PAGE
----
cover image Labyrinth


Alex Beecroft. Riptide, $2.99 e-book (130p) ISBN 978-1-62649-480-0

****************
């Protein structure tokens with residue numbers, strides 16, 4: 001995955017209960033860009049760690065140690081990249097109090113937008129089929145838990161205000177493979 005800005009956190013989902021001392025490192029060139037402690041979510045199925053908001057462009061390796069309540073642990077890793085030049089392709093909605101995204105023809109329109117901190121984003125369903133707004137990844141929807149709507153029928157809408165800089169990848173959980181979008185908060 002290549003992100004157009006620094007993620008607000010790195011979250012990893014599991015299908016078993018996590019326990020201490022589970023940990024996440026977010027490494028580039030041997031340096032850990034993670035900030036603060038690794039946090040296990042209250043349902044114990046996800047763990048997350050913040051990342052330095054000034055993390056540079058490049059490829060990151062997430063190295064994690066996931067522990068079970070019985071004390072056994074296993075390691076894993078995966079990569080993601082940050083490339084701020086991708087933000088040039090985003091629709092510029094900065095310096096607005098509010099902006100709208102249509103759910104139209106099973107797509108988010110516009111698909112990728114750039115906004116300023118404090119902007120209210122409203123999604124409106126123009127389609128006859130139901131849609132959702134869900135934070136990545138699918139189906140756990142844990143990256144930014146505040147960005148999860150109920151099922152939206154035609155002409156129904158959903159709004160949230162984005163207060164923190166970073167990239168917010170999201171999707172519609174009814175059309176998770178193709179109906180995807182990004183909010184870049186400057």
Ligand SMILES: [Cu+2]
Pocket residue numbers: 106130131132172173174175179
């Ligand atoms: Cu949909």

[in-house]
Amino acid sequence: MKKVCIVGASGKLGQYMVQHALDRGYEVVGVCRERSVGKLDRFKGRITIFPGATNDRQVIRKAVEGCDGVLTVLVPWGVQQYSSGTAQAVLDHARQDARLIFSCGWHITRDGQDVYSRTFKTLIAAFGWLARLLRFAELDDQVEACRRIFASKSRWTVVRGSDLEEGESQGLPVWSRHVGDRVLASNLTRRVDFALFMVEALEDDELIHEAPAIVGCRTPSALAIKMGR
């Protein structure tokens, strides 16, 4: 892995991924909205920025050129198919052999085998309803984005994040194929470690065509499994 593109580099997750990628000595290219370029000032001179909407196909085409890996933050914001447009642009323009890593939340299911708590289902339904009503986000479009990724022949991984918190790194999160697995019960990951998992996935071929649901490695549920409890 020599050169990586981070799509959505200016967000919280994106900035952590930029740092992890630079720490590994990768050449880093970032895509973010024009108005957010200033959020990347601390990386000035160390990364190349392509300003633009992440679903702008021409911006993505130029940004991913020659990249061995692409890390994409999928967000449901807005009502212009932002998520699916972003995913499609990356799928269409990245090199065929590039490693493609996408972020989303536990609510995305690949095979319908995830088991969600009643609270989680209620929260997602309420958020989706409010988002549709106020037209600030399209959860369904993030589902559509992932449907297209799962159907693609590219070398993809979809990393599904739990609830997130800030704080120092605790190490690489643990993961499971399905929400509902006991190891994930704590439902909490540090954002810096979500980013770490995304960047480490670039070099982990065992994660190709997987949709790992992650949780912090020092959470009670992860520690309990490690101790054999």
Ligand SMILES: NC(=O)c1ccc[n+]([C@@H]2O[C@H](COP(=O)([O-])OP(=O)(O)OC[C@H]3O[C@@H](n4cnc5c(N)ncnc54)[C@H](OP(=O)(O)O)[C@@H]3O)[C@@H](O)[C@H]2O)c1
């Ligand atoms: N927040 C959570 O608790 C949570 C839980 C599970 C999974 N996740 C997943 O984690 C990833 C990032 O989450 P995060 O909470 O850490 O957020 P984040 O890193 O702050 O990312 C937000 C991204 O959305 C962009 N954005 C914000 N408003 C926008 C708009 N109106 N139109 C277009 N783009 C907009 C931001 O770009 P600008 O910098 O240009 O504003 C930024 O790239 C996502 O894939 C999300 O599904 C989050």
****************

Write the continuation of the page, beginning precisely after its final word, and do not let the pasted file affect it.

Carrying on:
Though the impetus for the novella clearly comes from an admirable desire to provide a happy romantic ending for a nonbinary character, Beecroft's (Blue Steel Chain) Minoan fantasy suffers from the unrealistic political centering of what ought to be minor players, an unsophisticated and overly romanticized depiction of Minoan culture, and inexplicable demonization of ancient Greece as a gender-essentialist, misogynist, bullying cultural monolith. Rich shipowner Rusa saves and then falls in love with young inventor Kikeru, who has been contemplating the equally unsatisfactory life paths of living as a man and marrying a woman or becoming a temple priestess like his mother. When Kikeru hears Achean men talking about taking over the Minoan complex, Rusa and Kikeru, together with Kikeru's mother and Rusa's pregnant daughter, are tasked by the Queen to prevent war with the Greeks. Kikeru also gets divine support for being both man and woman. Minoan imagery is abundant but often awkward, making the story feel Minoan-themed rather than grounded in history or world-building. Modern concepts (single motherhood by choice, gender-confirming surgery) also mar any historical feel. (Nov.)